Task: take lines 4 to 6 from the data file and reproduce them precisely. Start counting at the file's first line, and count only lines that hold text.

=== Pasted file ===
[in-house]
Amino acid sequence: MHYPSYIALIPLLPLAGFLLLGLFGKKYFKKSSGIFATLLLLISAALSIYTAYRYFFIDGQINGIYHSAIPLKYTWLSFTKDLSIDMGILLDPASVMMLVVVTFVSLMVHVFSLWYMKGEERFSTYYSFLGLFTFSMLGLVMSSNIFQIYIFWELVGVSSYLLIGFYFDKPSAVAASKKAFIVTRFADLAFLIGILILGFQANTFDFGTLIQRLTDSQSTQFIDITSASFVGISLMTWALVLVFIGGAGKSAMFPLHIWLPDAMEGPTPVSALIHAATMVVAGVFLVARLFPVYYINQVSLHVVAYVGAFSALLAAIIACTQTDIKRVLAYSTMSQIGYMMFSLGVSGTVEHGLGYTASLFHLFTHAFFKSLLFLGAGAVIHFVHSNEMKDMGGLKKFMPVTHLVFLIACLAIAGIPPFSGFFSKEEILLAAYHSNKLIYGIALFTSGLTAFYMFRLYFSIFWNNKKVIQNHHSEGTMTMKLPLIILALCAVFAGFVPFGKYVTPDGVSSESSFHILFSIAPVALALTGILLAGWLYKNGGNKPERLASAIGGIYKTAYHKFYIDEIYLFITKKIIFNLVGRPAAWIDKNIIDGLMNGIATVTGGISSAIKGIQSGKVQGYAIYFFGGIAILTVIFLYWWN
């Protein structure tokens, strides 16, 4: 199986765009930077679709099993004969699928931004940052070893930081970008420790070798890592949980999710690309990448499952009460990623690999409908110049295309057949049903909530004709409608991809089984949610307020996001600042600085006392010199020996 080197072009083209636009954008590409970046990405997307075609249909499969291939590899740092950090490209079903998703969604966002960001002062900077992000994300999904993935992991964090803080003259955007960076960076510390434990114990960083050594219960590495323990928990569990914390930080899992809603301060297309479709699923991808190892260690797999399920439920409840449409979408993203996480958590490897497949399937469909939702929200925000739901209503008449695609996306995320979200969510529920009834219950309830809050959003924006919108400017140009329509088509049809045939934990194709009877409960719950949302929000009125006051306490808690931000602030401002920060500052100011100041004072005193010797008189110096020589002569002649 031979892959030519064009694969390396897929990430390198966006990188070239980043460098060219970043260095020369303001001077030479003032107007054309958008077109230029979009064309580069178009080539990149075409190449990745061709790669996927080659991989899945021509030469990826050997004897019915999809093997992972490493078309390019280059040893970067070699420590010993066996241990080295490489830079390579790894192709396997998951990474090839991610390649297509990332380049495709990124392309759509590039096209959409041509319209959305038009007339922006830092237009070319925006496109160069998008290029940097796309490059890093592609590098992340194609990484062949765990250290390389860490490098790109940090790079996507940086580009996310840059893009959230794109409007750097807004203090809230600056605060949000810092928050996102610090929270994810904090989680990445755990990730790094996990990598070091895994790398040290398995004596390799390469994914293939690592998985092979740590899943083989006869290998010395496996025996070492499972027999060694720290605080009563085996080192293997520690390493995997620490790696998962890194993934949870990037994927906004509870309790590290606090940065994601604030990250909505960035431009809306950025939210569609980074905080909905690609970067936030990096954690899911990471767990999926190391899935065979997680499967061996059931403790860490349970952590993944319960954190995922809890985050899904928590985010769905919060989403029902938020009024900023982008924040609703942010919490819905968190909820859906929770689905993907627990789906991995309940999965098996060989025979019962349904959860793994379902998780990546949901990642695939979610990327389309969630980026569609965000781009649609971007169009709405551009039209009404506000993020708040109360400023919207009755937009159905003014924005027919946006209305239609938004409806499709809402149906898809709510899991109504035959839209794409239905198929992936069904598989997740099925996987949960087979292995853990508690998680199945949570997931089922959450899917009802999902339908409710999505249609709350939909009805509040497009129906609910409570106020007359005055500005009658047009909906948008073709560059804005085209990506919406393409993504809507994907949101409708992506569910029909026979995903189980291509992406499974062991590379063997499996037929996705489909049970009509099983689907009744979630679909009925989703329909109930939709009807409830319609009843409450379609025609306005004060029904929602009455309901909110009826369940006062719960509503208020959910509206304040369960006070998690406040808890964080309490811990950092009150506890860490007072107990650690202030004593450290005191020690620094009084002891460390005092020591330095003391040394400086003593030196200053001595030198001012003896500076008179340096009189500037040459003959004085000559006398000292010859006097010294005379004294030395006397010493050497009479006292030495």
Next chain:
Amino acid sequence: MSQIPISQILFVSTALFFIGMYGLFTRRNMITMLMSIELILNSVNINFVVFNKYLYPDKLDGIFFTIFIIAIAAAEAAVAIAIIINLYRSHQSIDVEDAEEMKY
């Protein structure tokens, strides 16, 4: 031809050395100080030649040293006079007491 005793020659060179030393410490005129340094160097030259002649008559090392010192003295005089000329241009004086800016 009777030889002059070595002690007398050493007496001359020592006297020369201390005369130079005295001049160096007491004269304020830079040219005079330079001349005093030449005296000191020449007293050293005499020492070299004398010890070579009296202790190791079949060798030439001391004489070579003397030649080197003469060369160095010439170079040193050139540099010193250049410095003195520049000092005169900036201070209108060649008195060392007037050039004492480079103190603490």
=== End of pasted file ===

Next chain:
Amino acid sequence: MSQIPISQILFVSTALFFIGMYGLFTRRNMITMLMSIELILNSVNINFVVFNKYLYPDKLDGIFFTIFIIAIAAAEAAVAIAIIINLYRSHQSIDVEDAEEMKY
């Protein structure tokens, strides 16, 4: 031809050395100080030649040293006079007491 005793020659060179030393410490005129340094160097030259002649008559090392010192003295005089000329241009004086800016 009777030889002059070595002690007398050493007496001359020592006297020369201390005369130079005295001049160096007491004269304020830079040219005079330079001349005093030449005296000191020449007293050293005499020492070299004398010890070579009296202790190791079949060798030439001391004489070579003397030649080197003469060369160095010439170079040193050139540099010193250049410095003195520049000092005169900036201070209108060649008195060392007037050039004492480079103190603490």